In today’s blog, I’m going to talk briefly about turmeric, its main actions and its clinical uses. Turmeric, particularly its active constituent, curcumin, has become a popular supplement in our western world, for inflammatory concerns, however, turmeric has been long used for medicinal purposes, and its discovery dates back to 2500BC. It was traditionally used to colour french robes a mustard colour and also the robes of hindu priest, before both Indian and Chinese Traditional Medicine therapies began to use turmeric for the treatment of inflammatory and digestive disorders. I’ve written this out in a convenient and easy to read fact sheet format.
Botanical Name: Curcuma Longa
Active Constituents: Curcumin. This is a collective description for a group of phenolic compounds called curcuminoids. It also contains Essential Oils, 1.5-3% total mass, along with resins and starches/fibres.
Part Used: Root (Rhizone)
Demonstrated to modulate over 150 different physiological pathways in the body.
Anti-oxidant: Scavenges free radicals, enhances the activity of endogenous antioxidants such as glutathione peroxidase. Induces Phase II detox pathways, more potent than Vitamin C. Reduces inflammation and protects the cells from oxidative damage.
- Hepaprotective, which means it protects the liver from chemical induced damage.
- Antispasmodic, meaning it relieves spasms within the gastrointestinal tract.
- Cholagogue. Main action in stimulating bile form the gall bladder to help break down fats in the body.
- Hypolipid. Aids in protection against oxidative damage from crystallise plaques in the arteries. This is why it may be benefically in Cardiovascular disease to help lower LDL cholesterol (known as the ‘bad’ type) and reduce total cholesterol plasma levels.
Scientifically Proven Alzheimers Fighter.
Alzheimers is characterised by a build-up of amyloid beta plaques (a tangle to protein fibres) in the brain. The active form of Vitamin D activates type I macrophages and churchmen activates type II, to help protect further damage from the disease.
Cancer-Preventative: Inhibits invasion, proliferation (rapid-growing) and metastasis (spread) of various cancers.
Immunomodulation: This relates to the immune system and its ability to fight foreign invaders that attack the body on a daily basis. Turmeric has shown to increase White Blood Cell production, and circulating antibodies.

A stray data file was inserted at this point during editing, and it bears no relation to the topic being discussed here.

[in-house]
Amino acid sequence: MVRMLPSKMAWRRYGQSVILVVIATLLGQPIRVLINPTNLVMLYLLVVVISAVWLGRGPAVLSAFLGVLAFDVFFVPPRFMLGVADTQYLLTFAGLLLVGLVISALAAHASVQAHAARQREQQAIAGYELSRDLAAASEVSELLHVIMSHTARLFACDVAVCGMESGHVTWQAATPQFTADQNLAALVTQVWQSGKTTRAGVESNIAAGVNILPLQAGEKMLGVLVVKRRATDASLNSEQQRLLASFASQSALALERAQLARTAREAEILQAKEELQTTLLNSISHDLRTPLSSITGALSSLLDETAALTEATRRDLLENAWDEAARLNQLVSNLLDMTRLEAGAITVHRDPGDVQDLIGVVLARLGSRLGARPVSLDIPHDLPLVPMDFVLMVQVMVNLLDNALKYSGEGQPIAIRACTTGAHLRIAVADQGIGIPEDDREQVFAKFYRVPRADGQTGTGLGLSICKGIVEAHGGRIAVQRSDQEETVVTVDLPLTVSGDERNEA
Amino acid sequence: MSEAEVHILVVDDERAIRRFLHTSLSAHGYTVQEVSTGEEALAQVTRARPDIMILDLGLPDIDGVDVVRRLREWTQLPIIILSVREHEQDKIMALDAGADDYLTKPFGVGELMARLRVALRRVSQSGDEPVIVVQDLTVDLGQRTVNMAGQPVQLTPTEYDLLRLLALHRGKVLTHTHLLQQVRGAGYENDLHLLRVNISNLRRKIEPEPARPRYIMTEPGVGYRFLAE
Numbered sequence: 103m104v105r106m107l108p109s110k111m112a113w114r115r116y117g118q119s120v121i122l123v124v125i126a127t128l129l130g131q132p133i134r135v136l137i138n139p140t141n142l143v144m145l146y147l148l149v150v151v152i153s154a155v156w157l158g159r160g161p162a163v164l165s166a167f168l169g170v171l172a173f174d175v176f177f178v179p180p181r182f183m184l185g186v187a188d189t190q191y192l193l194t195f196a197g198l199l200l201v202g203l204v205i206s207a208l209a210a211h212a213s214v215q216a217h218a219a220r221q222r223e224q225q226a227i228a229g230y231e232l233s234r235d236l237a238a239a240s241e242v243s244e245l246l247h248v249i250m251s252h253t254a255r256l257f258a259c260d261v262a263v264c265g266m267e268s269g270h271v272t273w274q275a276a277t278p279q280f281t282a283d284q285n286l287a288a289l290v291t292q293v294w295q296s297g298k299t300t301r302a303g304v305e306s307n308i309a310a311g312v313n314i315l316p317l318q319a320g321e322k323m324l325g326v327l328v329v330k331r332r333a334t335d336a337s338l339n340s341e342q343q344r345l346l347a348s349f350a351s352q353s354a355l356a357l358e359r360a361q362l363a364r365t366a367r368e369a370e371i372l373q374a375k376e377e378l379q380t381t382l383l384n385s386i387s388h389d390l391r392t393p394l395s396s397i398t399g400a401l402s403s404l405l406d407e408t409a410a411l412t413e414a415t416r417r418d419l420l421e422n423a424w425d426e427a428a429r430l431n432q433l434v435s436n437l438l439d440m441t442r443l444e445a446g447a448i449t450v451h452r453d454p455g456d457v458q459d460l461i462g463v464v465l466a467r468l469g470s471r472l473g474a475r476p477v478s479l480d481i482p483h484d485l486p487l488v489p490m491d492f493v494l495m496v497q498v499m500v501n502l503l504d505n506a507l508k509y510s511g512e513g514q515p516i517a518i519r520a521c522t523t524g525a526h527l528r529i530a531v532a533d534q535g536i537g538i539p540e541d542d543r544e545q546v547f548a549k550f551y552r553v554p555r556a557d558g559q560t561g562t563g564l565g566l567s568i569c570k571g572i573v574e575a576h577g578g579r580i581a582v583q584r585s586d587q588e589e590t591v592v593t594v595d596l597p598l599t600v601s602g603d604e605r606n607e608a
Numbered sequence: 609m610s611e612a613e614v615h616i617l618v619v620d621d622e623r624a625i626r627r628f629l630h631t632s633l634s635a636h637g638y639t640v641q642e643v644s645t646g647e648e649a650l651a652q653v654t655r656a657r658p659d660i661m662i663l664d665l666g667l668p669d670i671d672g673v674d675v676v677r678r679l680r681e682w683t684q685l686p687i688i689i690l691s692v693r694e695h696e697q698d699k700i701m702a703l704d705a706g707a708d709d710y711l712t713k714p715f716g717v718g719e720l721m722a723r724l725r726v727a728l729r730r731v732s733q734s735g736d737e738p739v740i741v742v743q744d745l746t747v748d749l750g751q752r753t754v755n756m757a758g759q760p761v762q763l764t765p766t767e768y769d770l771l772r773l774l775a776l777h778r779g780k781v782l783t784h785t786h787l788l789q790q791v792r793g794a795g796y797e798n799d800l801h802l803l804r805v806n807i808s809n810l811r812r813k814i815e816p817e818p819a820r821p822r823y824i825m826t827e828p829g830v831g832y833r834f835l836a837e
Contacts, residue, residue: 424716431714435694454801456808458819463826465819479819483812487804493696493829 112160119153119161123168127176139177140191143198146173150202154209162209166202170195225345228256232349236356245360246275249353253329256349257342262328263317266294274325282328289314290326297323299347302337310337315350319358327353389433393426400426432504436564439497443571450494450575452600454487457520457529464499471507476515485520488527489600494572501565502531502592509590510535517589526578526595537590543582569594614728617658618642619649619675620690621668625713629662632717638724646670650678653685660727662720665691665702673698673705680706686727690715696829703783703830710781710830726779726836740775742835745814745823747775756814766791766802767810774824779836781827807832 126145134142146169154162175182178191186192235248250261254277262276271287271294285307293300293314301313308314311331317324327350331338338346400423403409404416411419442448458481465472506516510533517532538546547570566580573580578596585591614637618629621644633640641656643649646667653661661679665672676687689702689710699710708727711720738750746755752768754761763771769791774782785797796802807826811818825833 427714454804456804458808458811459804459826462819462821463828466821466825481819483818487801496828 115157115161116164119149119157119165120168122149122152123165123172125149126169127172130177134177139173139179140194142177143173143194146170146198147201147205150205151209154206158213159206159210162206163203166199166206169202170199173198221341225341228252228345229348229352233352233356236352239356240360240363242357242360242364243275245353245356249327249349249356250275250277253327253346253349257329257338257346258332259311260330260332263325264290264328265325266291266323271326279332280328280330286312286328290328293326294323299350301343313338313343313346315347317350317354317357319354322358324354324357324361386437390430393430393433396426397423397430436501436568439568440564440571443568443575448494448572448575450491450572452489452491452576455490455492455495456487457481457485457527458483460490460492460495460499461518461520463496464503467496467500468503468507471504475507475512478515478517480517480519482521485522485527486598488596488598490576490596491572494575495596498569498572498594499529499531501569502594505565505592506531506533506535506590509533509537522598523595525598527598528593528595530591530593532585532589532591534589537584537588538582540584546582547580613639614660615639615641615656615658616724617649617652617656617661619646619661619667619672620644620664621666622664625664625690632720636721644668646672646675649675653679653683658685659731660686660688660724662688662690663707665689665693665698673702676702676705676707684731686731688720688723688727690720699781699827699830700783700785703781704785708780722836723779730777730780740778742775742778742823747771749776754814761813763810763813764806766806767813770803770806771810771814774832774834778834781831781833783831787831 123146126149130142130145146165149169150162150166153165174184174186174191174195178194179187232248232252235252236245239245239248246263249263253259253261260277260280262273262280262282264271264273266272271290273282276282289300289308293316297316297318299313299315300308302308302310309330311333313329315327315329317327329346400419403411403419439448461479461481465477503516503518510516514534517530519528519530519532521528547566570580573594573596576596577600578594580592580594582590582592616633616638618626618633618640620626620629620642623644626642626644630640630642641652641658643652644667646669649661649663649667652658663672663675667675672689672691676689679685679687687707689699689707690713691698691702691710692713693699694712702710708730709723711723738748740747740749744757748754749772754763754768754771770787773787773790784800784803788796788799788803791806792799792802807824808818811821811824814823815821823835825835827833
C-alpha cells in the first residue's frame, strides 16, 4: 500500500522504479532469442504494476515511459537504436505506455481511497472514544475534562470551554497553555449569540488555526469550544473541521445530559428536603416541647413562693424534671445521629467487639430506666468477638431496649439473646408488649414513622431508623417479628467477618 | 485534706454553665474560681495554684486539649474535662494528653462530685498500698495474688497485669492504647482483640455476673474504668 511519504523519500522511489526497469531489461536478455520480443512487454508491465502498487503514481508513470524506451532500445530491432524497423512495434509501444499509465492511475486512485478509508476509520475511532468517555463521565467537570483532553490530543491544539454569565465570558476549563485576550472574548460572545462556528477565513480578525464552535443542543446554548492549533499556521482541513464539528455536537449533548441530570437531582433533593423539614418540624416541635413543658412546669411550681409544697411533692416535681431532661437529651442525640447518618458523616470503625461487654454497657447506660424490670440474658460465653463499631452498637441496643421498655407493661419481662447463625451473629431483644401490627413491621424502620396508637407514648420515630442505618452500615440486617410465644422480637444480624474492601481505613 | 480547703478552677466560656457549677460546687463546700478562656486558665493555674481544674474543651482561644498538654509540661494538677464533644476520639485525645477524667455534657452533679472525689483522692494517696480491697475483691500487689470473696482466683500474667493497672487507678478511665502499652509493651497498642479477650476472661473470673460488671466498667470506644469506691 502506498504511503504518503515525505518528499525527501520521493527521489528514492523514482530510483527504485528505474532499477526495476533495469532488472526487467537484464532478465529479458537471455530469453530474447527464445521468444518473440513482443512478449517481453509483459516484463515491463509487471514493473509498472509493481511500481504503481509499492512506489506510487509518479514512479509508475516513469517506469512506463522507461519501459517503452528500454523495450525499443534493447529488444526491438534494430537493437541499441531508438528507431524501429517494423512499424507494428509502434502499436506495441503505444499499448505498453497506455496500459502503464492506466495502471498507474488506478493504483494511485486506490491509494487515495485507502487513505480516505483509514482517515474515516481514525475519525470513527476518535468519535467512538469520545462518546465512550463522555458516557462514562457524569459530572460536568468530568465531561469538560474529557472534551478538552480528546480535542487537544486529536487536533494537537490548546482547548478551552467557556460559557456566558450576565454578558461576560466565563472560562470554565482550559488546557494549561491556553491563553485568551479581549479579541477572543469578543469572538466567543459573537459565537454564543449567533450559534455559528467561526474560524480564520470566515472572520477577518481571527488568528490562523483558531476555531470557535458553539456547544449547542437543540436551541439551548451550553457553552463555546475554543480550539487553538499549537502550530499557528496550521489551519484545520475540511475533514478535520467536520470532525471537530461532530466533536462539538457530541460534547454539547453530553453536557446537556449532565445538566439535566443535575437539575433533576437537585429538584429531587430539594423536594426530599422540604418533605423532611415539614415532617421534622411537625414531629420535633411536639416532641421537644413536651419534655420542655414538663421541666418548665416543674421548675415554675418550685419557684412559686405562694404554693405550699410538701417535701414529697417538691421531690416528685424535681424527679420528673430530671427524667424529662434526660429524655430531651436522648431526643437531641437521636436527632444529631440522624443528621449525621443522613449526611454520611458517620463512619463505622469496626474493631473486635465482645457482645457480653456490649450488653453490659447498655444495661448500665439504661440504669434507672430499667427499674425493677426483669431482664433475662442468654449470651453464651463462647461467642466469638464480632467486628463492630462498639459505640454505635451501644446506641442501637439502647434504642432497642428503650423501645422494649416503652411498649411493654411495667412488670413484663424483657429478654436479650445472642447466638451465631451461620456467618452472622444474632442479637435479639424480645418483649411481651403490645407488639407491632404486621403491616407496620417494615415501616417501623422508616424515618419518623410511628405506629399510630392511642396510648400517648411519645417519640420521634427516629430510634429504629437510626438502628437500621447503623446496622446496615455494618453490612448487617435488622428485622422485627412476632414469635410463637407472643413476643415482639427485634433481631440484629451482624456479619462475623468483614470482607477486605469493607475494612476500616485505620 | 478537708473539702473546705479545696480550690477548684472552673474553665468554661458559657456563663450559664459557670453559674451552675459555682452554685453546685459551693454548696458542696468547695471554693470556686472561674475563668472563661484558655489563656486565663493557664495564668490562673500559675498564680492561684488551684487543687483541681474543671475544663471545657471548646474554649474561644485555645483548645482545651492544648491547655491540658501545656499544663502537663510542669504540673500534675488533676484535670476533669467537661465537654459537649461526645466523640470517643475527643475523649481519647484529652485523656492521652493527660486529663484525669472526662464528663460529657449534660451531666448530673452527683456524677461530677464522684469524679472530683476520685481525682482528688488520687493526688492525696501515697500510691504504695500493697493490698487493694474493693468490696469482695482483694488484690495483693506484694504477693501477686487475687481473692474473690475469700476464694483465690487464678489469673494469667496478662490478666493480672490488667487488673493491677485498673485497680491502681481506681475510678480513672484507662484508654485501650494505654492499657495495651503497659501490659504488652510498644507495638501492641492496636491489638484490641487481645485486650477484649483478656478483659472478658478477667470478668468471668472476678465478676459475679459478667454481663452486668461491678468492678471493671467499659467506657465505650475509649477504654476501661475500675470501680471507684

Clinical Uses: In practice, varies medical practitioner can therapeutically use turmeric and its concentrate, curcumin, for concerns such as cancer, psoriasis, peptic ulcersm dementia, Rheumatoid arthritis, Auto-immune disorders, Carodivascular disease, liver disease and diabetes.
Actions Overview: Anti-oxidant, Carminitive, Anti-inflammatory, anti-platelet, hypolipidaemic,anti-ulcerative, hepatoprotective, immune enhacing and chemoprotective.
Clinical Indications: Suffers of Oestoarthritis/Rheumatoid Arthritis, Cancer patients, dyspepsia, liver insufficiency, alzheimer patients, high cholesterol and peptic ulcers.
Caution: Relatively safe to use, however, caution needs to be taken when prescribing for patient with gallstones, and anti-platelet medications, due to turmeric increasing these areas of metabolism within the body.
Dosage: 4-10gram daily in divided doses (dried whole root). This can be incorporated into herbal teas, curries or stews. With supplementation, generally its active constituent curcumin, it can be found upwards of 300mg.
My final thoughts: As a Whole Food Nutritionist and an avid reader of current/past scientific research studies, I encourage the use of turmeric in your diet, rather than curcumin, in supplementation form. This is due to turmeric containing the addition of Essential Oils and Resins/fibres, found within the original plant material, that can provide exceptional anti-inflammatory and into-oxidant benefits that unfortunately curcumin cannot live up to in terms of proven medicinal therapies. Turmeric has been used as a food accessory nutrient for thousands of years, and the benefits have long been know. It’s only recently that we have been able to extract the curcuminoid compounds form the plant materials for use in supplemental forms of therapies.
As much as I have seen these supplements benefits clients, it is no match to adding turmeric into the diet, along with other healing herbs such as garlic, ginger, parsley, thyme and coriander. These herbs are not only safe to use in our diet, they can add so much flavour and depth to our cooking at home, without the need to adding sugars or salts to find a suitable flavour.
I hope your’ve been able to increase your current knowledge on turmeric and curcumin from this fact sheet. I encourage you to always seek medical advice before starting a new supplementation, as these can have cautions, interactions, warnings and contra-indications just a prescription medications do.
And As Always
Tegan- Nutriton Nourishment